Still, the front and middle pages of some of these magazines invariably feature attractive images of actresses. As actor Vivek hilariously pointed out in the Tamil movie ‘Udaya’, the front page is reserved for the woman with a ‘homely’ smile, while the middle page ought to carry a skimpily clad woman. Actress or not, these magazines see nothing wrong in reducing a woman to her body parts. Though a lot more can be read into presentations of content of this sort, the double standards of these media houses are quite glaring.
Similarly, stories that blame the victim for rape have often featured on Tamil news channels at prime time. When Tamil Nadu had its #MeToo movement through singer Chinmayi Sripada, the behaviour of male journalists in Tamil Nadu was a case in point. During her press meet, a tearful Chinmayi was publicly pounded on all sides by male journalists who questioned her on everything from her intentions, her character, to the timing of her allegations. A senior journalist, Rangaraj Pandey, badgered her on her side of the story on a prime time interview, not showing the slightest sign of remorse or shame in doing so. Rather, he seemed boastful of being able to cast aspersions on her allegations, subtly intimidating her at one point asking, ‘How dare you retweet?’.
Only because Chinmayi had made allegations against lyricist Vairamuthu who enjoys massive support from the Dravidian political community. It didn’t matter that the National Commission For Women and the National Human Rights Commission were showing special interest in looking into the #MeToo allegations emanating from the southern film industry. Or that the media fraternity’s behaviour was completely out of line with the progressive, pro-women wave sweeping across the rest of the country. Chinmayi ended up losing her livelihood while no one batted an eyelid.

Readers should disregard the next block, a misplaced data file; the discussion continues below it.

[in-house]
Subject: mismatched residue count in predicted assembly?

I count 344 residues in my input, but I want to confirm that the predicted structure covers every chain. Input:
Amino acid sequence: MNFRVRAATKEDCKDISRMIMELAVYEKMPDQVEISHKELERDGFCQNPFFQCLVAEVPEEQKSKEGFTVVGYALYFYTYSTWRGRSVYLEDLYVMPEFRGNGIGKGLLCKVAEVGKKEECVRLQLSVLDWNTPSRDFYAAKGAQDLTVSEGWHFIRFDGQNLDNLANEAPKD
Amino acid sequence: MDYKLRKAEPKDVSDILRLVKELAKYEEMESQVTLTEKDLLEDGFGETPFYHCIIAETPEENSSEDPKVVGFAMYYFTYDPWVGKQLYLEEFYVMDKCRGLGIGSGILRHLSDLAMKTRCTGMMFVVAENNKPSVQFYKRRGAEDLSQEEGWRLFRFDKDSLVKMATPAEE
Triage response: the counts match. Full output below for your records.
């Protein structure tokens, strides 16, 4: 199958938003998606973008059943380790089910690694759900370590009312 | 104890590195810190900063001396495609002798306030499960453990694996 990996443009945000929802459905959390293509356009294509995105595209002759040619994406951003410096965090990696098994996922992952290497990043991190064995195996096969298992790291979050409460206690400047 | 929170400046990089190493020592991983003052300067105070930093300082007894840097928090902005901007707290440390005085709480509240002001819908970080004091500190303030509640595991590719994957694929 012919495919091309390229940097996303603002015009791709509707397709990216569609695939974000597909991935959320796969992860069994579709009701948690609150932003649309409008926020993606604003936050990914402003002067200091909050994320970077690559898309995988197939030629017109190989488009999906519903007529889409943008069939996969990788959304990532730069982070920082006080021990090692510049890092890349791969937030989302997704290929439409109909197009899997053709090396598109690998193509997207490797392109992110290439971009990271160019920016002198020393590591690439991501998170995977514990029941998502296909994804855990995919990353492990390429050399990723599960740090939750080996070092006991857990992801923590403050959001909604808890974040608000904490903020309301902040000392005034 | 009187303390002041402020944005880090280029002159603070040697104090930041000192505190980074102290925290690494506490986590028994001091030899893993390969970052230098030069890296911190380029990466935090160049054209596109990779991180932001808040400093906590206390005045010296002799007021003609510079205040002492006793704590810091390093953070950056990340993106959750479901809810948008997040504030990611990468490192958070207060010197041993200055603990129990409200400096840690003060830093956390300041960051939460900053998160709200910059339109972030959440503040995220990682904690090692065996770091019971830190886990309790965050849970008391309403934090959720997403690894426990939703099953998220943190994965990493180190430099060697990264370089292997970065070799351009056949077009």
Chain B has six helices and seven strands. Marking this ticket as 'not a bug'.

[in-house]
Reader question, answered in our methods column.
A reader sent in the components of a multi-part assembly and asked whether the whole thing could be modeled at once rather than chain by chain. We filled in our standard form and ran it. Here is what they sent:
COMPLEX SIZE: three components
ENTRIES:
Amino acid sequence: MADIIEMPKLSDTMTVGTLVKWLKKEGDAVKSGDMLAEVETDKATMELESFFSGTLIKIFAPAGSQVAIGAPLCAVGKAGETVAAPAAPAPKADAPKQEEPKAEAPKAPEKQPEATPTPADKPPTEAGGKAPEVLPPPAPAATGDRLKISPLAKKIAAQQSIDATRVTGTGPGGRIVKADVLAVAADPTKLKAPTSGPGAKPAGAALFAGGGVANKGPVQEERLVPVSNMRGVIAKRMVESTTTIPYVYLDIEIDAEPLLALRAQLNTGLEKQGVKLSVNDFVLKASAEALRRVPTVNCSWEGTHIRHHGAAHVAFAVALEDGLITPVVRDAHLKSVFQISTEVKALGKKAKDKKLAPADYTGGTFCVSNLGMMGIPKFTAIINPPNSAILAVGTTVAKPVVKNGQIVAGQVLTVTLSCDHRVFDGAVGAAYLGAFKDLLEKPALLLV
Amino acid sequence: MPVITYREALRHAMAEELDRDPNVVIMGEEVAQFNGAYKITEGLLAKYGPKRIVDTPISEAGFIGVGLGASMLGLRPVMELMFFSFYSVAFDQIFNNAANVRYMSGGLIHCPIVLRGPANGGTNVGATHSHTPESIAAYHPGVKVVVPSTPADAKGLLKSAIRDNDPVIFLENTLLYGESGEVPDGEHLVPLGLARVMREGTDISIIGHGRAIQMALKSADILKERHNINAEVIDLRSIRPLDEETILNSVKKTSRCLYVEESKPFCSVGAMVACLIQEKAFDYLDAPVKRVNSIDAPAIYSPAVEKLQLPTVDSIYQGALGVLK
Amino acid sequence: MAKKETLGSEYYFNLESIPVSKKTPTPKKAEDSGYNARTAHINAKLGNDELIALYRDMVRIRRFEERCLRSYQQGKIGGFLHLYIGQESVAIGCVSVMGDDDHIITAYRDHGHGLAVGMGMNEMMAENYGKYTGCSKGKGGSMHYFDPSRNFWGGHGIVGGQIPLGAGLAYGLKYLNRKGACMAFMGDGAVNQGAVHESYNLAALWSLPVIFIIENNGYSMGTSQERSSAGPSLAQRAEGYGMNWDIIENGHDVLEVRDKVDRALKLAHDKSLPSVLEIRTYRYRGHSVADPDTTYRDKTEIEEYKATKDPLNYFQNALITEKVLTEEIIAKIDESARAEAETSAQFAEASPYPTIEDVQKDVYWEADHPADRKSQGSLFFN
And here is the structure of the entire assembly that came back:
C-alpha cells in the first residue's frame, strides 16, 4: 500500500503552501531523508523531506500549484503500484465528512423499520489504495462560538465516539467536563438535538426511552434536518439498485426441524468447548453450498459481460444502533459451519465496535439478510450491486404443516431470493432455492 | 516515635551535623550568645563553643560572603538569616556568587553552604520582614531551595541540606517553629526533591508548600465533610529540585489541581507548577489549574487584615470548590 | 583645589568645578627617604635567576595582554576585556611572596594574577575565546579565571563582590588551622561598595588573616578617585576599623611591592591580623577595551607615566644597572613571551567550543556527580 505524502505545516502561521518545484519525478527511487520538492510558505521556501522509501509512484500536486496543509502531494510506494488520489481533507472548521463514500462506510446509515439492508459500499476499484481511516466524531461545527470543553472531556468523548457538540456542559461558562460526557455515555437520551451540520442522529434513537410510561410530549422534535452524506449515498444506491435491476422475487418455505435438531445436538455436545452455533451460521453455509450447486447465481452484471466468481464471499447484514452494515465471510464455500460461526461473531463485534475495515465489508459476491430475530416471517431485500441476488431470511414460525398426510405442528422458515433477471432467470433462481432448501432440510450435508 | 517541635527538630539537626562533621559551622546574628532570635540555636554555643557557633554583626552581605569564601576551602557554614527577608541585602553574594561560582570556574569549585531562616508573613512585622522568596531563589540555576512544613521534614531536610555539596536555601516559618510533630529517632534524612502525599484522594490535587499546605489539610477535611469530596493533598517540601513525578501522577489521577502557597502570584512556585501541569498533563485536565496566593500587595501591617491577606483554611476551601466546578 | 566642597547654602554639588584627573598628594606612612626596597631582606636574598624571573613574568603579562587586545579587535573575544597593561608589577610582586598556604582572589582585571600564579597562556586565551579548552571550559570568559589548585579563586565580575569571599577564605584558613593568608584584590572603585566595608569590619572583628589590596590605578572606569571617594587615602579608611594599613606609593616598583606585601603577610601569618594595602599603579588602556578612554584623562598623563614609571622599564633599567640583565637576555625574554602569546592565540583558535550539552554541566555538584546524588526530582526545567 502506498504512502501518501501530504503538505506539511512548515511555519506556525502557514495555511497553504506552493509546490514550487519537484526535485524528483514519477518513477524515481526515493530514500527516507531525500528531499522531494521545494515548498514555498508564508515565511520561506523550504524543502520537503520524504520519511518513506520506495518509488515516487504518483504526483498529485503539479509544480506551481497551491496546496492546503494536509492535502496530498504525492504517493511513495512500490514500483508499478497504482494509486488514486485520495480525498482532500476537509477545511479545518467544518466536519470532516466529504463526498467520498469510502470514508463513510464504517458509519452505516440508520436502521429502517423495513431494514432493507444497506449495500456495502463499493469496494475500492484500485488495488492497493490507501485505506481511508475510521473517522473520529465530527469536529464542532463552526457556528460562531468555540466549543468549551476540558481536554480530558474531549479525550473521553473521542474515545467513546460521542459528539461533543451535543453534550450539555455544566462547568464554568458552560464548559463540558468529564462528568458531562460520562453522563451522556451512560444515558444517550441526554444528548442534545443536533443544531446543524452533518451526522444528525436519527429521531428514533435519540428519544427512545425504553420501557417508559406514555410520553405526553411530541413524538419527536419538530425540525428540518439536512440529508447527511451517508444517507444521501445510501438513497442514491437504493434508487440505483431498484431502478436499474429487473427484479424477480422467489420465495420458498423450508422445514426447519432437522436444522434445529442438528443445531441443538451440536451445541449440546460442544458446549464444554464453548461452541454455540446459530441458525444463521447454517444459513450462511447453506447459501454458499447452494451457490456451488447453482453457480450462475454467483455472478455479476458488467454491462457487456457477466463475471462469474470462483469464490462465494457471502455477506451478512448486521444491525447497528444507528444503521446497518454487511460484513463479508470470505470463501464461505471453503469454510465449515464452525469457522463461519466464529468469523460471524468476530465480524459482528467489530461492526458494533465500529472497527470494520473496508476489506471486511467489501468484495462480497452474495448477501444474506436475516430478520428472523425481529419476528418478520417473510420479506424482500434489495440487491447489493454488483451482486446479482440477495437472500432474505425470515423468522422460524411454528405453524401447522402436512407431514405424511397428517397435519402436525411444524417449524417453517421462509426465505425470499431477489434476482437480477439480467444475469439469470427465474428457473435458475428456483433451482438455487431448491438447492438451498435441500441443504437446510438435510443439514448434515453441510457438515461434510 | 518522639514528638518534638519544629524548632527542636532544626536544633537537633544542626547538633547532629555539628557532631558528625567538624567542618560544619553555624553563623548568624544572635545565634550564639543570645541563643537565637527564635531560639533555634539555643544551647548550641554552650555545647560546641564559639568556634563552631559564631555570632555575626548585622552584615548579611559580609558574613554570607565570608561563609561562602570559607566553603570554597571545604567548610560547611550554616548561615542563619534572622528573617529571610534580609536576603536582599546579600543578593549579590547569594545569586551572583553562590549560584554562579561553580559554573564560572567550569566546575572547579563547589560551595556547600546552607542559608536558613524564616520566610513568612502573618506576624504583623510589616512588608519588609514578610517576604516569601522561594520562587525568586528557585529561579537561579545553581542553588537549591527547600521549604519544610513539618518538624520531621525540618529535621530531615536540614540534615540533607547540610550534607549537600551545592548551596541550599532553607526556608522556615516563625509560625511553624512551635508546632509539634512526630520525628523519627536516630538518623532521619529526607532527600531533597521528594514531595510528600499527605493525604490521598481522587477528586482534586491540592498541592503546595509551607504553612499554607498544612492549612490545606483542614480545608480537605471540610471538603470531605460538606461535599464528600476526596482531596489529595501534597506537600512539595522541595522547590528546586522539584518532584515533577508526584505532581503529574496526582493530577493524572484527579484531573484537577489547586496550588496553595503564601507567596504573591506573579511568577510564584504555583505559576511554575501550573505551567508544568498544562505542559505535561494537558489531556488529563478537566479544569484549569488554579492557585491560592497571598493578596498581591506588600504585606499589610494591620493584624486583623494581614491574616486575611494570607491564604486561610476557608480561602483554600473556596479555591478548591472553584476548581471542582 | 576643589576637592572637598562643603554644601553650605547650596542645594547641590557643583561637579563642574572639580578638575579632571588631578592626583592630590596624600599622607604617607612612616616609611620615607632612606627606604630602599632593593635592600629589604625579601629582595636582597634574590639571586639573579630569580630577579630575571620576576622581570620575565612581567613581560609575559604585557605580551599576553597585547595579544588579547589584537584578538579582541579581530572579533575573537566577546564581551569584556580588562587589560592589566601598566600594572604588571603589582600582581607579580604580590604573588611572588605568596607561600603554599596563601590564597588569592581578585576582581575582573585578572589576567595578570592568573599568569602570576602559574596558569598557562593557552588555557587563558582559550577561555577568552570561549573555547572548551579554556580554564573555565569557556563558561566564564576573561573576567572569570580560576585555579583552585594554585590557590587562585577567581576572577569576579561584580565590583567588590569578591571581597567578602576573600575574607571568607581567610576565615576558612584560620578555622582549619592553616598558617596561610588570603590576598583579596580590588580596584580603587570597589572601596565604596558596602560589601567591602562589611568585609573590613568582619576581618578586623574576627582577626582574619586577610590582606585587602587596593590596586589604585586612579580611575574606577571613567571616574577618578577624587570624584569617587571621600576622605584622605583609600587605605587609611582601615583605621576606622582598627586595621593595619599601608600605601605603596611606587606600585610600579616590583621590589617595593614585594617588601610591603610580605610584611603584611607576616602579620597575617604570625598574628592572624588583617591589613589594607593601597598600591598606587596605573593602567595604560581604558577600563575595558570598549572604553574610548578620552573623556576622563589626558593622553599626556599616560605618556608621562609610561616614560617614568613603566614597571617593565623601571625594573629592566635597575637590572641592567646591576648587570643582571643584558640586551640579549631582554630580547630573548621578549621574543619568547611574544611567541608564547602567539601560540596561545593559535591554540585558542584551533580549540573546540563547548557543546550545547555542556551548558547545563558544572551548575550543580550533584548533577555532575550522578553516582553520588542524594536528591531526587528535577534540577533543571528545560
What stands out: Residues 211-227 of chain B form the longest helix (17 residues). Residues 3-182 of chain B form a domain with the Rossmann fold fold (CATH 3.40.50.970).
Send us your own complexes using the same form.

More recently, on March 4th this year, when Mahashivaratri celebrations were at its peak at Isha Foundation, Coimbatore, the mainstream media in Tamil Nadu had nothing to report about the massive event that saw lakhs of people from all walks of life celebrating the idea of Shiva. Nothing, except a fake story of a liplock between actress Kajal Agarwal and Yogi Sadhguru Jaggi Vasudev. The fake news which was subsequently pulled down was published by none other than Tamil Samayam (TOI Tamil Nadu), NDTV Tamil and the likes.
No verification was done prior to publishing the story and no apology was issued after taking it down. In their hatred towards a popular Hindu spiritual Guru, they had no qualms about spreading falsehoods about the character of a woman. Rather, they used the woman to taint and tarnish a person they perceive as associated with their ideological ‘enemy’ clan.
Long story told short, the approach of several mainstream media houses in Tamil Nadu when it comes to women’s issues seems to be two-fold. One, to sensationalize, as in the case of Pollachi and Kajal Agarwal. Two, to take the moral high ground and treat women as chattel that ought to stick to a strict code of conduct. These media entities are neither professional, nor do they conform to the ethos laid out by their ideological forefathers, or learn positively from the national scene.
The only thing that seems to drive them is an insane desperation for audience engagement that would further the hidden agenda dictated by their political bosses. And nothing can be more disastrous for a state that is deeply entrenched in gender discrimination, agricultural crisis, climate change, unemployment and a serious crisis for strong leadership.
Will things ever change?